[AMRadio] ER Magazine


Ed Sieb esieb at sympatico.ca
Sat Dec 15 14:47:23 EST 2007


Taking  a cue from Eddy, I will regale you all with my various "Elmers" such
as they were.

My first "Elmer" much like Eddy's, was  a receiver. Ah, but what a receive
it was too! ;-)

I was 14 years old, and barely knew enough theory even to be dangerous.  My
mom had a nice Motorola All-American-5 in the kitchen which we listened to
the local news every day.  CJAD 800, Montreal. A 50 KW blowtorch.

One day, Mom complained that reception was not what it used to be.  So I
took it upon myself to  correct what I perceived to be a problem with the
radio.

I took it into my bedroom, and examined the speaker. Looked OK.  Hmmm....?
Now what else could I do?  So, I decided that the antenna, a mere coil on
the back of the radio, was insufficient to do the job!  What we needed was a
bigger antenna!  Longer, in fact!  Good idea, I thought, and went about
scrounging  some wire.

I found a roll of  "JKT-Quad" telephone cable.  The typical inside-wiring
4-conductor stuff, red-yellow-black-green standard telephone wire.  Must
have been at least 80' feet of it.

So, I  carefully snipped off the existing flat coiled loop, and replaced it
with the run of telephone wire, and ran it up to the roof of he apartment
building where we lived.  I ran it up the side, across the roof, for it's
full length, about 80' or so.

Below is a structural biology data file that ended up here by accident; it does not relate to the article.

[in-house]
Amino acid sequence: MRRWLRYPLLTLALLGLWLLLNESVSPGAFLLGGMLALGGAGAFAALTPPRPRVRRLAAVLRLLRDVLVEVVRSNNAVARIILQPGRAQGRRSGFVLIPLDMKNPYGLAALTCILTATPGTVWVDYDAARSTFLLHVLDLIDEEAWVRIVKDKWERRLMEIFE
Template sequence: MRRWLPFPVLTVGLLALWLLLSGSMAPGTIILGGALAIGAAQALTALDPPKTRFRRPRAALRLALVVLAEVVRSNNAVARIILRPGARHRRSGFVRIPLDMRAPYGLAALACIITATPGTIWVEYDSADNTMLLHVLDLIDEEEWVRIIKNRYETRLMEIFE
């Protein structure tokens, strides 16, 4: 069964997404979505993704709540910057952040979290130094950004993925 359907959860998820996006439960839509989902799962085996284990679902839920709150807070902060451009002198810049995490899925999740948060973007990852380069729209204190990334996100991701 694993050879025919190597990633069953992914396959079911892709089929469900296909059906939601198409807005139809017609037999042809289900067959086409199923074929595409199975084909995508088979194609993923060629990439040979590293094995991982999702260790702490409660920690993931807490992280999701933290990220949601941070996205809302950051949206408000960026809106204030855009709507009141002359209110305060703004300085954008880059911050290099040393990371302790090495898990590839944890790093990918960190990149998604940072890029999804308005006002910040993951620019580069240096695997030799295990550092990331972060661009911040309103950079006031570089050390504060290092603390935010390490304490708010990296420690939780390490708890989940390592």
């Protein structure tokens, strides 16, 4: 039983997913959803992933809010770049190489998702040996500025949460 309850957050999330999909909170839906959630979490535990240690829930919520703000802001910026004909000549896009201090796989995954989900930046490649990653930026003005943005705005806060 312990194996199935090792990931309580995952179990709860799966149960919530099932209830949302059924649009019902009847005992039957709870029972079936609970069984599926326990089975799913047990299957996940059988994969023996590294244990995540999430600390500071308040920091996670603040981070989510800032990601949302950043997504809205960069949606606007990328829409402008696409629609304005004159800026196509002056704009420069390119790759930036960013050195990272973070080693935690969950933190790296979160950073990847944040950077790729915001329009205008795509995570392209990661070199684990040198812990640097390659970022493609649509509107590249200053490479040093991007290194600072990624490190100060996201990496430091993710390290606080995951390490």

Went back inside and turned on the radio.  It was about 4 PM.

Hmmm... not good!  I could barely hear CJAD now.

But, what's this?  "Montreal Radio"???   I knew enough about radio to know
that Montreal Radio was the local Coast Guard station in the Port of
Montreal.  Interesting.  I continued turning the dial.  And then, I fell off
my chair!

A small digression...  I was reading Pop-Tronics and Electronics
Illustrated, and Radio-TV Experimenter by then, and knew enough about short
wave radio to know what I was listening to.  As well, My good friend
Stanley, has  a short wave radio I would listen to when I visited his home.
I used to listen to the Green Mountain Net on his radio, and  knew what Ham
Radio was.

Well, the very first ham I heard on "my" radio was none other than W2OY!!!
I fell off my chair!   "CQ First Class operator's only.. No lids, no kids,
no school bus riders..." . And very loud and clear too!  I spent the next
week tuning in 75 meter QSO's by the dozens!  I had my  trusty Grundig tape
recorder, with which I taped virtually everything I heard!  (Unfortunately
that priceless  and irreplaceable recording was lost a few years later.)
W2OY, W3PHL, W3YAM, W3DUQ, W1ZYZ, and all the regulars of the Green Mountain
Net, and many, many others.  I even kept a paper log, which I still possess.

My mom didn't get that radio back for weeks!

It was as broad as a  barn door, and didn't receive CW, But I cut my teeth
on that rig, learning how tune a signal in just so.

After about a month, I was forced to relinquish the radio, and put back the
original antenna.  CJAD came in just fine, after we moved the radio about 90
degrees! ;-)

Next time, I'll tell you about my next Elmer, my first "real" short wave
radio,  my Trio 9R59.

A tip of the hat to some early "mentors": Lanny, VE2AZK,  Howard, VE2ATY,
(both of whom are still licensed and active), and Barry, VE2AYH (no longer
licensed/active). While not exactly "Elmers", they did give me encouragement
and pointers to the right books.

Ed, VA3ES




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